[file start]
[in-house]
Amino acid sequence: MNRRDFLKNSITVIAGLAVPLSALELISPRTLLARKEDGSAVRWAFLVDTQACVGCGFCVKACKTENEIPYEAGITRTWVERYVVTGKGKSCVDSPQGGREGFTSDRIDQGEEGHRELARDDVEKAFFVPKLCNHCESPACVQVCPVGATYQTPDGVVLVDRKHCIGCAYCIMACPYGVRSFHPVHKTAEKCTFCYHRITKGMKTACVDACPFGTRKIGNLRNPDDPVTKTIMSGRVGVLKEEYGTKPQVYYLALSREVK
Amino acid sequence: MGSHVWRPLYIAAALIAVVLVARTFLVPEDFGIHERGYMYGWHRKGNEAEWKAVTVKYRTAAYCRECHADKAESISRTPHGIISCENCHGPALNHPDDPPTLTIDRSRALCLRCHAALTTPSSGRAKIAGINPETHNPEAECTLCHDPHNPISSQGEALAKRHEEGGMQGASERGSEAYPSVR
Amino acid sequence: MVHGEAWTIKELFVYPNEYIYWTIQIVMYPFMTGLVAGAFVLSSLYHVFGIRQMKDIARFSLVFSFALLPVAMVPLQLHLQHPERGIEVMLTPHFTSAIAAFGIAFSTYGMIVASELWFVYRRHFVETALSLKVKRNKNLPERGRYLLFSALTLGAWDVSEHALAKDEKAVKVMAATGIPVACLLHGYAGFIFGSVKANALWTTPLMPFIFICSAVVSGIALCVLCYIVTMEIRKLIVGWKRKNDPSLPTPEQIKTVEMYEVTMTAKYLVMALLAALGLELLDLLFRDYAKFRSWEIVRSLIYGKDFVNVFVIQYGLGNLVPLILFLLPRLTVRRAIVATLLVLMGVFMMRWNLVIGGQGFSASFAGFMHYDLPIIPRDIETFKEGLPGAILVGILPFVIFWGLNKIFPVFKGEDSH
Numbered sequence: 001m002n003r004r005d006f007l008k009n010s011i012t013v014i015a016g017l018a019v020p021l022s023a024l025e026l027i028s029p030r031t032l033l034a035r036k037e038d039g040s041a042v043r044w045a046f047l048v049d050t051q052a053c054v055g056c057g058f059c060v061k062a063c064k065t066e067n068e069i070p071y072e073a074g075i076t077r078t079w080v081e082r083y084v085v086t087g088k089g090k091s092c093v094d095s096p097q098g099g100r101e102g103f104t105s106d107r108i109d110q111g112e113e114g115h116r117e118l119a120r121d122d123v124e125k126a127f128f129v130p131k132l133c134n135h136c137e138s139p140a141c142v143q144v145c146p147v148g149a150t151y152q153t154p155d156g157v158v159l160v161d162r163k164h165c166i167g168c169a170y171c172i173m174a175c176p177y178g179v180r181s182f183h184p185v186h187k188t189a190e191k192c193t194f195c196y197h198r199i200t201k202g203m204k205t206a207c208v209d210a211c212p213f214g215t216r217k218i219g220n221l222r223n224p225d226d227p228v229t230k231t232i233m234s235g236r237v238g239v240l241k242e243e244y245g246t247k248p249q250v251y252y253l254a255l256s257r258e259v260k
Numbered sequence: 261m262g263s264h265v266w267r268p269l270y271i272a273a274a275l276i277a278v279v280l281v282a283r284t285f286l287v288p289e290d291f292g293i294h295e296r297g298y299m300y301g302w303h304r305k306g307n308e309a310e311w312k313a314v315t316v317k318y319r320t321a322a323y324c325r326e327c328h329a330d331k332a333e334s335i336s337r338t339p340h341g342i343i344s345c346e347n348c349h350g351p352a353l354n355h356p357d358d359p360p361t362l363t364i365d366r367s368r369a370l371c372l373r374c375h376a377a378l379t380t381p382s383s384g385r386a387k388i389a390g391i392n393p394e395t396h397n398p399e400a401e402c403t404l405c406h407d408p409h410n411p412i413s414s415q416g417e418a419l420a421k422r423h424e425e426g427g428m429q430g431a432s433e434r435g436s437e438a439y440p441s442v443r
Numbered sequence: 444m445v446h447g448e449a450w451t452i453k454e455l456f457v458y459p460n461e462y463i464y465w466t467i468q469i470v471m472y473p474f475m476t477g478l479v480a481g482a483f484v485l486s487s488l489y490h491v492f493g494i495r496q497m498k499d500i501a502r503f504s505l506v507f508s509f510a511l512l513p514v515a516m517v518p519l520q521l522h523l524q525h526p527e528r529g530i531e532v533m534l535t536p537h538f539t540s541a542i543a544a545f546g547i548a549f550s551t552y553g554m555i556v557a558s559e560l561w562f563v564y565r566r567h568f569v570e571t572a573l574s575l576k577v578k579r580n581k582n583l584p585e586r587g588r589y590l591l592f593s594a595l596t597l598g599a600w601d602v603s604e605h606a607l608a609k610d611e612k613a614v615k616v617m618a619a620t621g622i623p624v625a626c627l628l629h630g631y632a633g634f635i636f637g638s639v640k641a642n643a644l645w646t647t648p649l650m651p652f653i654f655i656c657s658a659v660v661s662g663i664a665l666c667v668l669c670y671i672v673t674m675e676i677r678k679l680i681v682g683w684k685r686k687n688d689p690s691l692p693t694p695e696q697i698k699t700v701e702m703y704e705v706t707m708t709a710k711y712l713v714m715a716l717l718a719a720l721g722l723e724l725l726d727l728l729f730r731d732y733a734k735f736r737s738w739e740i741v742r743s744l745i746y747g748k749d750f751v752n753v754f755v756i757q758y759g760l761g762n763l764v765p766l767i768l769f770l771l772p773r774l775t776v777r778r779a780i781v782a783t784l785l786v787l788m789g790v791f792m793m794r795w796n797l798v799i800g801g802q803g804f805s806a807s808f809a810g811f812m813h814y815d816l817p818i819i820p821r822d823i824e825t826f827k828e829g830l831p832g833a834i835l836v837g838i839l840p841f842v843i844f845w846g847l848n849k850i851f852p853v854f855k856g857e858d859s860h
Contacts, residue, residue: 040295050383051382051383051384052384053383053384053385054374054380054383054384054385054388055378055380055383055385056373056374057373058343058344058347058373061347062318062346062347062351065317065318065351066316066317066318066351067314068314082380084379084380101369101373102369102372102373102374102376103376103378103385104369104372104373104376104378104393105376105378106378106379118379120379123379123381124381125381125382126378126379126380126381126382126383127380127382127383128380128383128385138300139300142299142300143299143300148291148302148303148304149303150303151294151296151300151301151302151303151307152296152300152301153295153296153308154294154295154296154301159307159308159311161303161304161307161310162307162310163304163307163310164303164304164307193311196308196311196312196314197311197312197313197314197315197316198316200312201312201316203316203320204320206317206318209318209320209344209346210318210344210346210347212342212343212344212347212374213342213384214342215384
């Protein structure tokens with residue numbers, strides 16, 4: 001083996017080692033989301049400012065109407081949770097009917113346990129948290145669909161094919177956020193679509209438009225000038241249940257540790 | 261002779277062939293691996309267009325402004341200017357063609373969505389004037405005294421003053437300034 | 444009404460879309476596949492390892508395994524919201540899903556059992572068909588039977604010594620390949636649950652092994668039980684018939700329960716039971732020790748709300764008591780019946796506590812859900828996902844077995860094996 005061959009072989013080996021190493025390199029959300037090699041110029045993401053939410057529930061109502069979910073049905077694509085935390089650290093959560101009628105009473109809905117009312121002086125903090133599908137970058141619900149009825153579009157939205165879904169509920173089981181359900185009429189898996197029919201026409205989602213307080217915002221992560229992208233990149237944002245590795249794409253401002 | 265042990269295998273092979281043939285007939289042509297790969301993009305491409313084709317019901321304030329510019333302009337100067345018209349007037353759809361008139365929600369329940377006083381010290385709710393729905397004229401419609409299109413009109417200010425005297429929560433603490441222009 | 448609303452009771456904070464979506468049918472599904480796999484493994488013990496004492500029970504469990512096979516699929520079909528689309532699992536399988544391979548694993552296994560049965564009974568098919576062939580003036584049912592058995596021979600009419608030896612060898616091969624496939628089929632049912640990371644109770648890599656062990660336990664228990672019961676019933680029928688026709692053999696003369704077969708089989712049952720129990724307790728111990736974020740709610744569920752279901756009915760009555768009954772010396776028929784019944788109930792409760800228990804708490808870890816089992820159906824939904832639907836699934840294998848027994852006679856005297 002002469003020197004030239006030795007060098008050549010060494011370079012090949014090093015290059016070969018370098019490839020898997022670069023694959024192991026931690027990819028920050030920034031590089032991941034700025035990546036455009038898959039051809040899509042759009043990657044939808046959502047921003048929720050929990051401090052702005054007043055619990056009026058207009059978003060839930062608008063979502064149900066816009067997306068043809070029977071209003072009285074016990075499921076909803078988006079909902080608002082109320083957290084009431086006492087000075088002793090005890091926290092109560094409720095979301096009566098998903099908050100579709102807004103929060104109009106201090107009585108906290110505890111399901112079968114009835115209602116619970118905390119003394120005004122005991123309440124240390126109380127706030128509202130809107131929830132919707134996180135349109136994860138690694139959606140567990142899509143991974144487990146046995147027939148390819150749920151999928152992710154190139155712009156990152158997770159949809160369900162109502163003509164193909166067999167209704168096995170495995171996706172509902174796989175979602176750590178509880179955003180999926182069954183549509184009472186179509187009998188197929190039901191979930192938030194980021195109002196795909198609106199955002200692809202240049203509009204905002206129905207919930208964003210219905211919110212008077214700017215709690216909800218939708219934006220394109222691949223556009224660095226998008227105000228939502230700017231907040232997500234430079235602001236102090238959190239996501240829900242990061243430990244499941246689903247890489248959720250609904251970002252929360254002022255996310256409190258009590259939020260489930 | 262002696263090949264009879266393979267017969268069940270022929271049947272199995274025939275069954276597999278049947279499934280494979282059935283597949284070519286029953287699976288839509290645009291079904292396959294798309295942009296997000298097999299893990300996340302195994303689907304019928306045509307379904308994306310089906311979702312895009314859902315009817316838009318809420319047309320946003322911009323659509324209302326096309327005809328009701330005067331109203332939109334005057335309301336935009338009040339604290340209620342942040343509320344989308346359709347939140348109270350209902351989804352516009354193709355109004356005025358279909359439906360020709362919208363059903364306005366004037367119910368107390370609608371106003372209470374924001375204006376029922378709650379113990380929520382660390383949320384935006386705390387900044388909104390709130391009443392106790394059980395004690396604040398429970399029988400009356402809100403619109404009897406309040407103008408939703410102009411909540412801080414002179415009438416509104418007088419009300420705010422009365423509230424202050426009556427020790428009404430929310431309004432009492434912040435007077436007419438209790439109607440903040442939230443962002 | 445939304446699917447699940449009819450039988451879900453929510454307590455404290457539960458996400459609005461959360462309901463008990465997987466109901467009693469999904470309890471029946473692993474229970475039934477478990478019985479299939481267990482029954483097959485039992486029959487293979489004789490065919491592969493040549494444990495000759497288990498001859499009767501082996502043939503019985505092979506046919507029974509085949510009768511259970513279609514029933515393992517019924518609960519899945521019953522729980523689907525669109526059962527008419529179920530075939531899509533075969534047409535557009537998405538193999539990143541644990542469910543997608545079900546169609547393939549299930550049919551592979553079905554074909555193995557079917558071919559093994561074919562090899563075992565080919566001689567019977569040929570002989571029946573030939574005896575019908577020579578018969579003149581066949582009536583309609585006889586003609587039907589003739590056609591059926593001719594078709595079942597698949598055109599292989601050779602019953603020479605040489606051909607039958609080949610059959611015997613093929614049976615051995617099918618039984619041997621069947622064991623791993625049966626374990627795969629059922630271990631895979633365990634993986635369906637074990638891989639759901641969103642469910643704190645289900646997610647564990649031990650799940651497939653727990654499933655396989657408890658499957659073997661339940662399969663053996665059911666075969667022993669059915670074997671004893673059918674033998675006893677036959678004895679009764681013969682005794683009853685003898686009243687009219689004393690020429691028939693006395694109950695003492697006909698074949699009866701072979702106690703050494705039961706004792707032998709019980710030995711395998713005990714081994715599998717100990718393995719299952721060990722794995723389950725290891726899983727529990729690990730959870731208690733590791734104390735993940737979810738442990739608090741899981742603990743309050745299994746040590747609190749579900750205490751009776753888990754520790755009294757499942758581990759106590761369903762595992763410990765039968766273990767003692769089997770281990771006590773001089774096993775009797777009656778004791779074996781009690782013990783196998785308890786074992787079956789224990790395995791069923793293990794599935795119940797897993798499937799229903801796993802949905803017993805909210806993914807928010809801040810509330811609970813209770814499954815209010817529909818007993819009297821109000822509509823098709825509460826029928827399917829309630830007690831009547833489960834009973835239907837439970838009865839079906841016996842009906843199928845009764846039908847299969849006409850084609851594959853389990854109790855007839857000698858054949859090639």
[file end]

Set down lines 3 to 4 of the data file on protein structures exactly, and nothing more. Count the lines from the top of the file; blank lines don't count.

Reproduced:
Amino acid sequence: MGSHVWRPLYIAAALIAVVLVARTFLVPEDFGIHERGYMYGWHRKGNEAEWKAVTVKYRTAAYCRECHADKAESISRTPHGIISCENCHGPALNHPDDPPTLTIDRSRALCLRCHAALTTPSSGRAKIAGINPETHNPEAECTLCHDPHNPISSQGEALAKRHEEGGMQGASERGSEAYPSVR
Amino acid sequence: MVHGEAWTIKELFVYPNEYIYWTIQIVMYPFMTGLVAGAFVLSSLYHVFGIRQMKDIARFSLVFSFALLPVAMVPLQLHLQHPERGIEVMLTPHFTSAIAAFGIAFSTYGMIVASELWFVYRRHFVETALSLKVKRNKNLPERGRYLLFSALTLGAWDVSEHALAKDEKAVKVMAATGIPVACLLHGYAGFIFGSVKANALWTTPLMPFIFICSAVVSGIALCVLCYIVTMEIRKLIVGWKRKNDPSLPTPEQIKTVEMYEVTMTAKYLVMALLAALGLELLDLLFRDYAKFRSWEIVRSLIYGKDFVNVFVIQYGLGNLVPLILFLLPRLTVRRAIVATLLVLMGVFMMRWNLVIGGQGFSASFAGFMHYDLPIIPRDIETFKEGLPGAILVGILPFVIFWGLNKIFPVFKGEDSH